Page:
Sentence 1: He wanted to take no risks, however small.

Sentence 2: He wanted to take no risks, however small they are.

Do the above sentences have the same meaning? Why could we omit "they are" ?

Could someone tell me the specific grammatical rule governing this phenomenon?

Thank you very much!

  • Wikipedia has this page, en.wikipedia.org/wiki/Ellipsis_%28linguistics%29, which might be helpful, though (it is) a bit long. Aug 3, 2014 at 16:43
  • Since wanted is past tense, I think at the very least one should cast however small they were in the past as well. But I don't either of those actually work very well - given that the risks are effectively "hypothetical", I'd much prefer however small they might be. Aug 3, 2014 at 19:44

2 Answers 2


This is an example of an elliptical sentence.

Elliptical Clauses or Elliptical Constructions are some special clauses in English, in which certain words are omitted. The avoided words are implied within the clause itself; so, leaving them out doesn’t change the meaning of the sentence in any way. Also, leaving out some words may make the sentence better by avoiding redundancy.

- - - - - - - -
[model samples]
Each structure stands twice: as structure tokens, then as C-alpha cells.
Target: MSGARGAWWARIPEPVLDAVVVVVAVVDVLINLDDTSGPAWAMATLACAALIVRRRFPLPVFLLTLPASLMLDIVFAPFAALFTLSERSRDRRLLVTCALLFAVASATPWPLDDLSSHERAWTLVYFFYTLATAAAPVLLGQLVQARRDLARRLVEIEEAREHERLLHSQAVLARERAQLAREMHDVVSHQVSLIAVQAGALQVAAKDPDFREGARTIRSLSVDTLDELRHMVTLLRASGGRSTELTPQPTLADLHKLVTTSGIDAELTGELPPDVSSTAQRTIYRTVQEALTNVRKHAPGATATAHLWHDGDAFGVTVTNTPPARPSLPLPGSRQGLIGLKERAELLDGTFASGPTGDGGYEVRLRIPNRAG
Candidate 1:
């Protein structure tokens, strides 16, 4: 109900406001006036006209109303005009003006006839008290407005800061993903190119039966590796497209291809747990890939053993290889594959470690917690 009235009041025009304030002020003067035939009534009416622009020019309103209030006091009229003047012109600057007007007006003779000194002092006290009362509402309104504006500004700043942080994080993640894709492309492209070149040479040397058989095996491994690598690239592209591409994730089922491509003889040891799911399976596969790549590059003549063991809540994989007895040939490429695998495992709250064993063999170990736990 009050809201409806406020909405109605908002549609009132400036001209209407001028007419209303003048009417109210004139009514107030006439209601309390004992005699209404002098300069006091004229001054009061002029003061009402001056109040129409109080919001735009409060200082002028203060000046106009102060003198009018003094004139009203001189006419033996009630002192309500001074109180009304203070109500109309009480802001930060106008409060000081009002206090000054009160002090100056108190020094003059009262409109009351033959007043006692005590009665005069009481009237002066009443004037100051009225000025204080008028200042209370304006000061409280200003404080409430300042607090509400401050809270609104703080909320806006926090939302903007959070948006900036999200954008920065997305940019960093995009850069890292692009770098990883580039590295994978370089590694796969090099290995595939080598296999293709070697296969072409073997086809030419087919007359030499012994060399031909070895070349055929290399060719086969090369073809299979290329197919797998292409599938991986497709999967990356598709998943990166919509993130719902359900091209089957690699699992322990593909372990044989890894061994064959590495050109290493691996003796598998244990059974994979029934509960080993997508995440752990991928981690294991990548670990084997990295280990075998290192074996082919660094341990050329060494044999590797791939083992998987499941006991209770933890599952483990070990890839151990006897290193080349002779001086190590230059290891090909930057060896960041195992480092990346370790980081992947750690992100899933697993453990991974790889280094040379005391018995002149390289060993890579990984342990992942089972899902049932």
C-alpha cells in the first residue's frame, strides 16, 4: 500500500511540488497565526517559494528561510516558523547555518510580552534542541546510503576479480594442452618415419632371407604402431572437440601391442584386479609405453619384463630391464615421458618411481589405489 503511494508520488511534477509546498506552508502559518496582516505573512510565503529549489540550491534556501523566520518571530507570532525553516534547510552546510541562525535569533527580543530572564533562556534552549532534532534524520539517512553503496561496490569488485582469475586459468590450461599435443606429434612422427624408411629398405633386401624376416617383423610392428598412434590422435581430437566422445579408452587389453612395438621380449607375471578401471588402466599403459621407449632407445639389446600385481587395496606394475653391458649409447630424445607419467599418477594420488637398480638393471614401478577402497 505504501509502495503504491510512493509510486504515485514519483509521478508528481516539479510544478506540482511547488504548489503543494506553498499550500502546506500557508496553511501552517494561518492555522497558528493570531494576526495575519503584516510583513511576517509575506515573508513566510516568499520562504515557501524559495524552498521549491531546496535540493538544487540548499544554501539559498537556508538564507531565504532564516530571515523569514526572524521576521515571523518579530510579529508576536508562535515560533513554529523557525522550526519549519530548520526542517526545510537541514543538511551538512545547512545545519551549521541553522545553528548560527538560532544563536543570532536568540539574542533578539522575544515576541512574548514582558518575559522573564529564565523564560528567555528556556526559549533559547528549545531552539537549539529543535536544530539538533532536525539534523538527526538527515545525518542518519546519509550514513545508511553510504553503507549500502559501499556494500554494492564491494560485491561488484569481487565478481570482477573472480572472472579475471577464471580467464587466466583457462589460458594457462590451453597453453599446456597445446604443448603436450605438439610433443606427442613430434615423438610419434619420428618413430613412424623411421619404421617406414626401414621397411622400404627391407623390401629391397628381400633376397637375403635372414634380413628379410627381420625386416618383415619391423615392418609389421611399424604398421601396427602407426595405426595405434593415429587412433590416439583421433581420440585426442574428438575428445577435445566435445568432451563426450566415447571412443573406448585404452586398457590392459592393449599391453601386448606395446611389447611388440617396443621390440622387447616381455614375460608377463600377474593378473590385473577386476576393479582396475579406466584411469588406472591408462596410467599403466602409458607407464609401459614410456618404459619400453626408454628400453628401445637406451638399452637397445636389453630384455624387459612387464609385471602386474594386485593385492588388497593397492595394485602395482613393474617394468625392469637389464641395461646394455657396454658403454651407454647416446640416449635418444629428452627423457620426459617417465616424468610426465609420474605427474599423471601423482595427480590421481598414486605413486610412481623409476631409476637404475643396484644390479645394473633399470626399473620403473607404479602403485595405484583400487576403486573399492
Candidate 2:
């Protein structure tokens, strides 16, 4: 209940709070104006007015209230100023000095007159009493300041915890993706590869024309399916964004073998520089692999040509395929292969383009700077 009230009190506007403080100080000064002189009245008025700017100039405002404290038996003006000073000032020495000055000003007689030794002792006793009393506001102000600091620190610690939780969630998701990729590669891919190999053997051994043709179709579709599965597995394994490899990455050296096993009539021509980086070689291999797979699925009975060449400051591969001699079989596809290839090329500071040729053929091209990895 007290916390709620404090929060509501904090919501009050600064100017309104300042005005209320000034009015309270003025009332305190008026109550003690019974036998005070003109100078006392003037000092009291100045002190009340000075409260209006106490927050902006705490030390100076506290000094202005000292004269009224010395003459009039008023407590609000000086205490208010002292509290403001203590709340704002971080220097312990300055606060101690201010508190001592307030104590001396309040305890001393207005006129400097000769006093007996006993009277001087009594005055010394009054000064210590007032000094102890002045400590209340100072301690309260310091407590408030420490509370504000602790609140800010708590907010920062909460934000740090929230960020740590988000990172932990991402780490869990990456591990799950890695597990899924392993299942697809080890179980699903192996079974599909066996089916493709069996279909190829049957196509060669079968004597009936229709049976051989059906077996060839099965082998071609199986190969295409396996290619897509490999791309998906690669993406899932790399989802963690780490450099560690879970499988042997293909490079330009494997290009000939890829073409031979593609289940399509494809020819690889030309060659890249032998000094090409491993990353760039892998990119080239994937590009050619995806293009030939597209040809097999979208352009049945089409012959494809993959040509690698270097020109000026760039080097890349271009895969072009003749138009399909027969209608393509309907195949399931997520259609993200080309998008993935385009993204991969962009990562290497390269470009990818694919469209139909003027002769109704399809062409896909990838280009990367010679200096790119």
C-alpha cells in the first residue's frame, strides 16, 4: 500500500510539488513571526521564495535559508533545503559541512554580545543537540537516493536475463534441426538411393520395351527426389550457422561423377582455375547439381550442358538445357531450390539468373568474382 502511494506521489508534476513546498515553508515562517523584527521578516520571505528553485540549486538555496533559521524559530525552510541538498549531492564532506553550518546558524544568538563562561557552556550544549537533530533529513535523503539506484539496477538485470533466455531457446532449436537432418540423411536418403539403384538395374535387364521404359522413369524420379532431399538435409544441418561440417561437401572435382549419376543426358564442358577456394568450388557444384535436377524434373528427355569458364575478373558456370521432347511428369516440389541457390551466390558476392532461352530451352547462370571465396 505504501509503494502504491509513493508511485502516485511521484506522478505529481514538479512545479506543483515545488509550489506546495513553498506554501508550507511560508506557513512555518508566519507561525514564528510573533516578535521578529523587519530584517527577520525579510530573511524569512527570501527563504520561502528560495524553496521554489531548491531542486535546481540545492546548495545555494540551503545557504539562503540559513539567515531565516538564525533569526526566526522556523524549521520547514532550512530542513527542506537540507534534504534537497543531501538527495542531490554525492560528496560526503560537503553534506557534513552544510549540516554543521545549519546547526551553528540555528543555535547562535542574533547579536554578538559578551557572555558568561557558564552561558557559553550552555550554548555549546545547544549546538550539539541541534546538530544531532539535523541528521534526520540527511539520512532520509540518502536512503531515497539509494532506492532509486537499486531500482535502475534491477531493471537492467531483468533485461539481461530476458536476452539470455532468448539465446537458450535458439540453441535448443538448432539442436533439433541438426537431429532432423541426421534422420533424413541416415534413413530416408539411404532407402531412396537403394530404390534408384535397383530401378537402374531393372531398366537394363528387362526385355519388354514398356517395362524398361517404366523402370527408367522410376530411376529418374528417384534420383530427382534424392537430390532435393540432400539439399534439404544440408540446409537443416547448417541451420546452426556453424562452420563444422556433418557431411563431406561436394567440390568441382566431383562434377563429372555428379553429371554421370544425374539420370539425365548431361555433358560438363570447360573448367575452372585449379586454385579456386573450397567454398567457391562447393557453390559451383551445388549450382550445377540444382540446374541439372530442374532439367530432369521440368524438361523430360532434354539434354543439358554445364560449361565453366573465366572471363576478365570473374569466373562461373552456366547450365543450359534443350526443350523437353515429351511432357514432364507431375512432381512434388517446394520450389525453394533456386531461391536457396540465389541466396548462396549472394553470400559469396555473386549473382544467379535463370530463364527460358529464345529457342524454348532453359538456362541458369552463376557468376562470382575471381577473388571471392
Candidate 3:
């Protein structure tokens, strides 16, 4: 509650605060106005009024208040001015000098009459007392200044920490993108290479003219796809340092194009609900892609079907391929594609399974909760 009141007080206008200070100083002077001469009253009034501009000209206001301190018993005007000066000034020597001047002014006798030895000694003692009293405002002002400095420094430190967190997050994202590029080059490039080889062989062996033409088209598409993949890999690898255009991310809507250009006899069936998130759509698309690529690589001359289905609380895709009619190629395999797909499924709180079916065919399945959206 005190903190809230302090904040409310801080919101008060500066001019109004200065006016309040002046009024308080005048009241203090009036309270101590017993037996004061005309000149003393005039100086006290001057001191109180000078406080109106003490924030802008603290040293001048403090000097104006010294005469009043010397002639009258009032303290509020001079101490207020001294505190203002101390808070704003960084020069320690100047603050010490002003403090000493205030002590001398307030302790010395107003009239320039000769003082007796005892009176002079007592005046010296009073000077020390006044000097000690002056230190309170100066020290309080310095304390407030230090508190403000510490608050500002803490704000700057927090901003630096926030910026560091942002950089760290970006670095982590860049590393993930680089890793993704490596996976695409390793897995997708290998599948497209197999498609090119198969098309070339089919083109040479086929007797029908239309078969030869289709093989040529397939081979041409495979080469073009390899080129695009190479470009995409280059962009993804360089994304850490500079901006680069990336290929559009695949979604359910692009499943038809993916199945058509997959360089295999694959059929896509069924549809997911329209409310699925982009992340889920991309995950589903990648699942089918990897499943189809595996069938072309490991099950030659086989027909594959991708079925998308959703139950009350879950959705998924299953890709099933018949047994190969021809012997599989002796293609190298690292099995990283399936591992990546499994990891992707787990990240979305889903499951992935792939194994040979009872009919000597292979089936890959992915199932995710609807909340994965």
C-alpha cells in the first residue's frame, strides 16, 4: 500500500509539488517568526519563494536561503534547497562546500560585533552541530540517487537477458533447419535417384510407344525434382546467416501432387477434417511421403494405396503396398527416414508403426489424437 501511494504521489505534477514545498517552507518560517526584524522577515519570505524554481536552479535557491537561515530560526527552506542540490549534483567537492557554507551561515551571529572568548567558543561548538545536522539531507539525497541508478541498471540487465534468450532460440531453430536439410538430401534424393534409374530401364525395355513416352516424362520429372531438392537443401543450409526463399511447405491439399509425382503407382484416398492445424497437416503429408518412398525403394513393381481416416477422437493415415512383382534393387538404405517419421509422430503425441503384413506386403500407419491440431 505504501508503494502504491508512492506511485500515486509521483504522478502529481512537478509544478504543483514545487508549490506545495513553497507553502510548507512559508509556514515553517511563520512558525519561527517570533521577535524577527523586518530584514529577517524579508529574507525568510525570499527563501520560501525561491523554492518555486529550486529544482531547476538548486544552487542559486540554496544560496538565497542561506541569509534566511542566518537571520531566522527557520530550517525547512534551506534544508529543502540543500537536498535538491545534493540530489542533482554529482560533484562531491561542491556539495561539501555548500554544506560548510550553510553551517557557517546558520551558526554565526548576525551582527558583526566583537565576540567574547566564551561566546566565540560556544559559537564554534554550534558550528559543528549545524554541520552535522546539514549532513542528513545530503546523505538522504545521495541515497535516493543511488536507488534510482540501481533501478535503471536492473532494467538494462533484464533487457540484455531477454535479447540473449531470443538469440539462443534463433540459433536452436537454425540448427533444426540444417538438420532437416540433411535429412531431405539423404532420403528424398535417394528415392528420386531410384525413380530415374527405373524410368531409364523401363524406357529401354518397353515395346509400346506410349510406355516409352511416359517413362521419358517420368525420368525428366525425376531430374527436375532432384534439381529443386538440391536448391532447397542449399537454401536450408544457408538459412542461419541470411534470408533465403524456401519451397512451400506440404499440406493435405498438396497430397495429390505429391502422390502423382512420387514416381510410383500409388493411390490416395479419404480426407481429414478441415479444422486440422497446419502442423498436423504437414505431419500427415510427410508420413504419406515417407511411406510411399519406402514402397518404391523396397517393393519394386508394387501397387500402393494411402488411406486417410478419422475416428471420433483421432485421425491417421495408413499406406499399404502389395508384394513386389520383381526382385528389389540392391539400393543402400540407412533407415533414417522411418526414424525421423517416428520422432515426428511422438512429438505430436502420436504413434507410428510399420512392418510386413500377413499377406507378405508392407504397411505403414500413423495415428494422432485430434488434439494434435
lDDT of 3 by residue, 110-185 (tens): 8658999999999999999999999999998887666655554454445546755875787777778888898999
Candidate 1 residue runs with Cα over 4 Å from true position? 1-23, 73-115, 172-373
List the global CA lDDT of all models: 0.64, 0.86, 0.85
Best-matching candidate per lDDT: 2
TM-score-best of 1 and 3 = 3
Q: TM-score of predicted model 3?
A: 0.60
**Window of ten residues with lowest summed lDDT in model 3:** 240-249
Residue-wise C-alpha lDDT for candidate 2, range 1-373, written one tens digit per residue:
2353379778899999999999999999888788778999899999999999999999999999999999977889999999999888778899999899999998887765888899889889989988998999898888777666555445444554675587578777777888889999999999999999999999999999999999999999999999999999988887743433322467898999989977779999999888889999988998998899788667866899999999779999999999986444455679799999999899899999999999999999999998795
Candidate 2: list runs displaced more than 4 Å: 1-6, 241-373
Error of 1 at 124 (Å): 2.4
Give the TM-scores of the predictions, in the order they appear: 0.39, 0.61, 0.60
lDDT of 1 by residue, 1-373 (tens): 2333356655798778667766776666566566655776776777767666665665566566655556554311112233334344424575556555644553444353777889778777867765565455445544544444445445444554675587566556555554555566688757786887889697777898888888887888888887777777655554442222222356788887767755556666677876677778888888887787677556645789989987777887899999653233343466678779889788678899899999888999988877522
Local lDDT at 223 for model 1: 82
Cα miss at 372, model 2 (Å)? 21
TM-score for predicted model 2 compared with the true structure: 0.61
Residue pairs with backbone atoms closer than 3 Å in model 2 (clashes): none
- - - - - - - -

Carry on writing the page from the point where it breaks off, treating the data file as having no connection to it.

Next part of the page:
He wanted to take no risks, however small (they are, they may be).


I can find no definitive rule. There is only common colloquial usage. Words are omitted in sentences if the omission is so common that the reader or listener supplies them mentally. This implies no ambiguity of meaning.

If I tap on a book and say: "I can't wait to start this book", the listener assumes I mean: "I can't wait to start reading this book."

  • -1. You may not know the rule, but that doesn't mean you should teach people that there isn't one.
    – user230
    Aug 3, 2014 at 19:12
  • @snailplane I agree with you.....I will amend my answer. Aug 3, 2014 at 19:20

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